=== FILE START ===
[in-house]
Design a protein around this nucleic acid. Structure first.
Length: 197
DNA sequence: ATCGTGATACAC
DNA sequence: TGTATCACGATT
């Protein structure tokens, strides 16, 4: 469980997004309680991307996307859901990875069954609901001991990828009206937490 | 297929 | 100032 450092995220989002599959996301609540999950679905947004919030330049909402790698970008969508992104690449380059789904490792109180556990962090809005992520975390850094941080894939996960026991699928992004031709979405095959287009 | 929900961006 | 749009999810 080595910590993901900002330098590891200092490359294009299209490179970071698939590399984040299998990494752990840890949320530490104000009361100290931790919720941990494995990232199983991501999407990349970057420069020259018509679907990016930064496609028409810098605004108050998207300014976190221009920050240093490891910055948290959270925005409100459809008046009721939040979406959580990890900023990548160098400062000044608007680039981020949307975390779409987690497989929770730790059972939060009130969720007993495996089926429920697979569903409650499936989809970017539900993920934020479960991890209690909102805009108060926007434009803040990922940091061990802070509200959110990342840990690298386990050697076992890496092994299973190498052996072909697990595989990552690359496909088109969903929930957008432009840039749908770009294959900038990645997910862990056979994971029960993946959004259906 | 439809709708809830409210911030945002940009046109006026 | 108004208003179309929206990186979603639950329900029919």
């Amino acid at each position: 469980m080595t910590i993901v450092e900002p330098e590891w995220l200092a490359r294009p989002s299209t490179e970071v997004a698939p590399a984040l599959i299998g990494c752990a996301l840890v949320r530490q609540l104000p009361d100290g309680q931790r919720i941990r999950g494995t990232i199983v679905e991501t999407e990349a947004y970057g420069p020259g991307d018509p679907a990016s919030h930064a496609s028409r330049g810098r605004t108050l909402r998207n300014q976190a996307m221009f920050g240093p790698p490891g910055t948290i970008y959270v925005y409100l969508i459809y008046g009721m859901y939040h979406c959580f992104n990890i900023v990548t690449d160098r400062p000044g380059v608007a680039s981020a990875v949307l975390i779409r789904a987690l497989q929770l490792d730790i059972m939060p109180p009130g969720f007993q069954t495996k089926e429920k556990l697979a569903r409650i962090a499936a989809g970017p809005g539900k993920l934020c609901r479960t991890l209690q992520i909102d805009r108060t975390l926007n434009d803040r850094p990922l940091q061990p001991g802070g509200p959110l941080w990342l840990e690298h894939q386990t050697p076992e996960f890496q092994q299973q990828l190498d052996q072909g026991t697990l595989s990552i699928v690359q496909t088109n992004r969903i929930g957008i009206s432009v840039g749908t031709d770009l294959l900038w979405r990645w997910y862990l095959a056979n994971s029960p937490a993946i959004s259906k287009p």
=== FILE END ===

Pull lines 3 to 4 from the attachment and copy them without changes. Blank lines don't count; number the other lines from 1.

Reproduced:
Length: 197
DNA sequence: ATCGTGATACAC